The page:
There has to be a deeper meaning under all the spandex, the muscle and the power of superheroes; at least Richard Harrison seems to think so.
Harrison, 53, is the co-author of Secret Identity Reader: Essays on Sex, Death and the Superhero – basically a book on the philosophy of comic book superheroes and what goes on between the lines, or rather, between the panels, of comic books.
“It’s a book written by two guys that presents a really engaged discussion about how the superhero reflects our cultural treatments of sex, death and identity,” Harrison said. “The theme is how the secret identity plays itself out through all these things; the stories and sexual identity.”
Although many people see comics as something for children, something meant to be grown out of, or picture books meant for those who can’t read, Harrison along with his co-author, Lee Easton, challenge those ideas with their intellectual essays.
But don’t worry –Harrison reassures– this “is not necessarily a book for the academy, more for people like us, who like it and just want to think about it together.”
The most unique and interesting aspect of this book is not that it’s about one of the coolest subjects ever – comic books and comic book characters – but it’s the two opposing views that these Mount Royal English professors have, making for well-round theories.
Opposing views such as post modernism vs. modernism and gay vs. straight in how the comic book superhero is perceived.
“We think this is a really unusual book because here’s a gay man and a straight man both talking about the same object of desire, which doesn’t actually happen very often,” Harrison said with a laugh. “So how does the experience of a gay man, who was raised on comics and loves them, compare with the experience of a straight man who was raised on comics and loves them?”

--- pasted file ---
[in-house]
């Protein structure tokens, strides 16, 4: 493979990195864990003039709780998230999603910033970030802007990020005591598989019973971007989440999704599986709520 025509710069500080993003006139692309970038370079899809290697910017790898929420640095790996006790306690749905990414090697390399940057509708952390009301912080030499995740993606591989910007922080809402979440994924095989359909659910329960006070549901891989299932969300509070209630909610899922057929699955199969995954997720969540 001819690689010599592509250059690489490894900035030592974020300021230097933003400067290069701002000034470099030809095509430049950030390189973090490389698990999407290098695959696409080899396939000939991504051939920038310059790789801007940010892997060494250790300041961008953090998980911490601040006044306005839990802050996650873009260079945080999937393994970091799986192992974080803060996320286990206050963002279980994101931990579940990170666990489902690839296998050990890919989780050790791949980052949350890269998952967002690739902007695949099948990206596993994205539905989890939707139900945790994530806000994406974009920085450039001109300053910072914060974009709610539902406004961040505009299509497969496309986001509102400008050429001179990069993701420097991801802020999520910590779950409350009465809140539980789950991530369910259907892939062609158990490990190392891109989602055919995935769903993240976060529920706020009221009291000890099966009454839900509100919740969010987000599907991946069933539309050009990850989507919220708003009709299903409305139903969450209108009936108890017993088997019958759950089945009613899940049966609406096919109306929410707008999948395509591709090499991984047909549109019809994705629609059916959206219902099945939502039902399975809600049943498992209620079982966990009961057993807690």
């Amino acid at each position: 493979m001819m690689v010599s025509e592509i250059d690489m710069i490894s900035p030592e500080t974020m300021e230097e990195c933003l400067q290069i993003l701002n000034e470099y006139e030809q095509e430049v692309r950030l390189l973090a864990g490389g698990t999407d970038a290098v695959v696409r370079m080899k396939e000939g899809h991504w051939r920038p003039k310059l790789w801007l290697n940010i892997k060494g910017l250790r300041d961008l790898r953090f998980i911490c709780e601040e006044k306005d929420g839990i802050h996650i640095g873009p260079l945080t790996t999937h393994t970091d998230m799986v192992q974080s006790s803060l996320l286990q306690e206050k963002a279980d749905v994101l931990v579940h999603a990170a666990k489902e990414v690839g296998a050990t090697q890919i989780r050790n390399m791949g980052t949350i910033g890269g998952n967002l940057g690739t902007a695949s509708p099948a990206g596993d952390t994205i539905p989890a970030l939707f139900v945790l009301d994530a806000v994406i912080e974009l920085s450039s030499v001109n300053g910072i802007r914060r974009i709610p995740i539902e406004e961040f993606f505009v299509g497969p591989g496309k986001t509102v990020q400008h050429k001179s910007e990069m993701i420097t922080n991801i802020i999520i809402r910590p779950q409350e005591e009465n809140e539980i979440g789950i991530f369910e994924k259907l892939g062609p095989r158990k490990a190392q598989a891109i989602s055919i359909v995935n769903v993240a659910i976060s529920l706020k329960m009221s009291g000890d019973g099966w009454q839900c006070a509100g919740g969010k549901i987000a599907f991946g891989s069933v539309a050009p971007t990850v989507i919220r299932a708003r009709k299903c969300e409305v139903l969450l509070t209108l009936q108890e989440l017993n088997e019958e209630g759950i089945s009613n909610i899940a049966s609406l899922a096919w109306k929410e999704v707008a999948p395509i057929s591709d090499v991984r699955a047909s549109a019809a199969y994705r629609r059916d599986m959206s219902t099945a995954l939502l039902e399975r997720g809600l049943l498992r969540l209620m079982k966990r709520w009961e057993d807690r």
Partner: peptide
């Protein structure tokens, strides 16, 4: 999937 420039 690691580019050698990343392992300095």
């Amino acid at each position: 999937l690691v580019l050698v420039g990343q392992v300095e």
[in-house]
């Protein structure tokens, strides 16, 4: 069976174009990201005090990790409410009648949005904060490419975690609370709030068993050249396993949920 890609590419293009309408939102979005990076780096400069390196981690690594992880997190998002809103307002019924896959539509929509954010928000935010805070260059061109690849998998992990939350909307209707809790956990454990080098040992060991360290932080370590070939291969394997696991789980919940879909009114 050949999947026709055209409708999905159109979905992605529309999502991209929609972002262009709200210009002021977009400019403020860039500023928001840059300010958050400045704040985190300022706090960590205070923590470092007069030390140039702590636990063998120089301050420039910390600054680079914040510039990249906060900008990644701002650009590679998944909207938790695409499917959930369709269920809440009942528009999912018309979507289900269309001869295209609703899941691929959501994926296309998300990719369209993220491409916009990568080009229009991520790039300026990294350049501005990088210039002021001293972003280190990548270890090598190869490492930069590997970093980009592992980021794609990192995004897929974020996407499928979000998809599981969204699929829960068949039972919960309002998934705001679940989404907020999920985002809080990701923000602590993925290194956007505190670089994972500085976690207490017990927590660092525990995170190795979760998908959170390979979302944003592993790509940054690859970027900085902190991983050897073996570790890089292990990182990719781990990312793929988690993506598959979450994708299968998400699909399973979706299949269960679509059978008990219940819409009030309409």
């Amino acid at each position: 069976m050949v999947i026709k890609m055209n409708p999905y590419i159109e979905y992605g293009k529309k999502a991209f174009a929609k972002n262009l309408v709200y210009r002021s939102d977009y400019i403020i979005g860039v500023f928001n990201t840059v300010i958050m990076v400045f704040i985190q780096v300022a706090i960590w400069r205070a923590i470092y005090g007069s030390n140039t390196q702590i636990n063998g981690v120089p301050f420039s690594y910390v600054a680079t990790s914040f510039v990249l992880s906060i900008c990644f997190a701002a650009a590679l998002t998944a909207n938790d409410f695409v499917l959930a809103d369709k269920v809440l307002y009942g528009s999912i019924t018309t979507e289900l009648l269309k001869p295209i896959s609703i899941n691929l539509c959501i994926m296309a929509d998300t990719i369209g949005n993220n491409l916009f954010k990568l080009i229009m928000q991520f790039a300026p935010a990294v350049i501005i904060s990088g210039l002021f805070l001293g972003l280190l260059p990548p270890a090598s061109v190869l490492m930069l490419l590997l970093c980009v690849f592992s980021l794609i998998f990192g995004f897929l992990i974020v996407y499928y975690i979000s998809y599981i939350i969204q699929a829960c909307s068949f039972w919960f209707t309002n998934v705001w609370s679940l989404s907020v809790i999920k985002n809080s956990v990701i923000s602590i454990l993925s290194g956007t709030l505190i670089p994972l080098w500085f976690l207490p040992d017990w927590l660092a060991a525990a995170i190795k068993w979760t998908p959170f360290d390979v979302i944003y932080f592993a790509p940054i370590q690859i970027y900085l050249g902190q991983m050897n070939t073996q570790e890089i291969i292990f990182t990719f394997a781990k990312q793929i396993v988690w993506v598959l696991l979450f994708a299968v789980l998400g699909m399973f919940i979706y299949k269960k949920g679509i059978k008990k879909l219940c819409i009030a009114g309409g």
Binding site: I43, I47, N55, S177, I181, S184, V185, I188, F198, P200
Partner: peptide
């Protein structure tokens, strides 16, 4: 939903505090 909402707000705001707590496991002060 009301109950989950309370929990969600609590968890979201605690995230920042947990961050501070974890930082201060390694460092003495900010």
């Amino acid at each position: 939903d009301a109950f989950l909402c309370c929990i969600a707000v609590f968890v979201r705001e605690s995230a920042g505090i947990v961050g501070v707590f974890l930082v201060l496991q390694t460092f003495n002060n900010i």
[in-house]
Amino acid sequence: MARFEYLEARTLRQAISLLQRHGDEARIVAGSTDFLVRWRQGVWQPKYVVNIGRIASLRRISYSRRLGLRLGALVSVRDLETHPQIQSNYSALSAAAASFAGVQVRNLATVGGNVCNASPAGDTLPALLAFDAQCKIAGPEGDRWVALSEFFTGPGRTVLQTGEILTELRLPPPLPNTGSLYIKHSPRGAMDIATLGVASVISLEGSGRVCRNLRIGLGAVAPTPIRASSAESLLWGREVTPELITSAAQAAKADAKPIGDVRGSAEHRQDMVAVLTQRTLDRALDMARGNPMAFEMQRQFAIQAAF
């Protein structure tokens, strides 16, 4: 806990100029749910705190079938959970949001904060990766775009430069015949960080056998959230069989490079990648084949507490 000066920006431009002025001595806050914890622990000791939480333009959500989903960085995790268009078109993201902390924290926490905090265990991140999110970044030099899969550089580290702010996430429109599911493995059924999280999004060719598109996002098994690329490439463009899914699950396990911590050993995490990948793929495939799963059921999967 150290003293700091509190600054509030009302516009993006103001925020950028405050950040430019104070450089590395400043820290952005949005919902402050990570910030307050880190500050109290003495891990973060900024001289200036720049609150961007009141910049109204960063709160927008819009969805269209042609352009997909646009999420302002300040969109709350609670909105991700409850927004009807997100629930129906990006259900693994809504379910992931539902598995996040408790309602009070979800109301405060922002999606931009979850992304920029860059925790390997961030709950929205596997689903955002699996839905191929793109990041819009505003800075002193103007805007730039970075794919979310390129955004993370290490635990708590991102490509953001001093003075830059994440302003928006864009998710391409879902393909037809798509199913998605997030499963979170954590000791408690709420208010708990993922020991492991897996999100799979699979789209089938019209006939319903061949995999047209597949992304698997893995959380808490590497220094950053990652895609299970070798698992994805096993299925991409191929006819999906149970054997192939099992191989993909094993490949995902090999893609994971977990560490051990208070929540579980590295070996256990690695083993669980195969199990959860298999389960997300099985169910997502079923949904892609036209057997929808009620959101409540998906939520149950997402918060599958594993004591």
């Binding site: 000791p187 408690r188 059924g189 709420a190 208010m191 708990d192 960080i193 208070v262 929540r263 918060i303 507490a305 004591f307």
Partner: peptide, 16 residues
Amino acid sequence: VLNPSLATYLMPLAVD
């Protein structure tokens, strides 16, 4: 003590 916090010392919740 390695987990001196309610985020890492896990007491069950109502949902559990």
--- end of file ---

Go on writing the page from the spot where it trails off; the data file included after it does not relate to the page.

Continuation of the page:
This 10-year project all started when both Harrison and Lee began heatedly debating comic books during staff meetings amid their puzzled peers in the English department.
“It was inspired by the fact that we realized that we were creating this critical mass of essays and we were having this ongoing debate. We wanted to just pull the book together and see if there was in fact an argument we could make.”
As professors it was difficult to be taken seriously for liking comic books Harrison admits, “Both Lee and I have understood the closet experience, which is to say, you love something, but you can’t really declare it.”
However, now, with Hollywood taking advantage of the comic book industry, it’s easier to be open about their love for comics. Comics are also being treated more seriously in the academic world- finally being explored and studied.
Harrison and Lee are part of this academic world and they even teach courses at Mount Royal about comic books and graphic novels.
Their book, Secret Identity Reader: Essays on Sex, Death and the Superhero is out now and can be purchased from stores such as Chapters and Indigo, as well as available online at Amazon.ca.
Other than reading comic books all day long, Harrison enjoys drawing, raising his family and writing poetry – having written numerous poetry books such as Big Breath of a Wish and his most recent, Worthy of His Fall.
Harrison, originally from Toronto, moved to Calgary in 1995. He liked Calgary so much that he stayed and he began teaching at Mount Royal University in 1996.
In addition to teaching, Harrison runs a creative writing workshop outside of Mount Royal, which has been running for almost 10 years. Here he work with people long term on projects and books and helps with editing.
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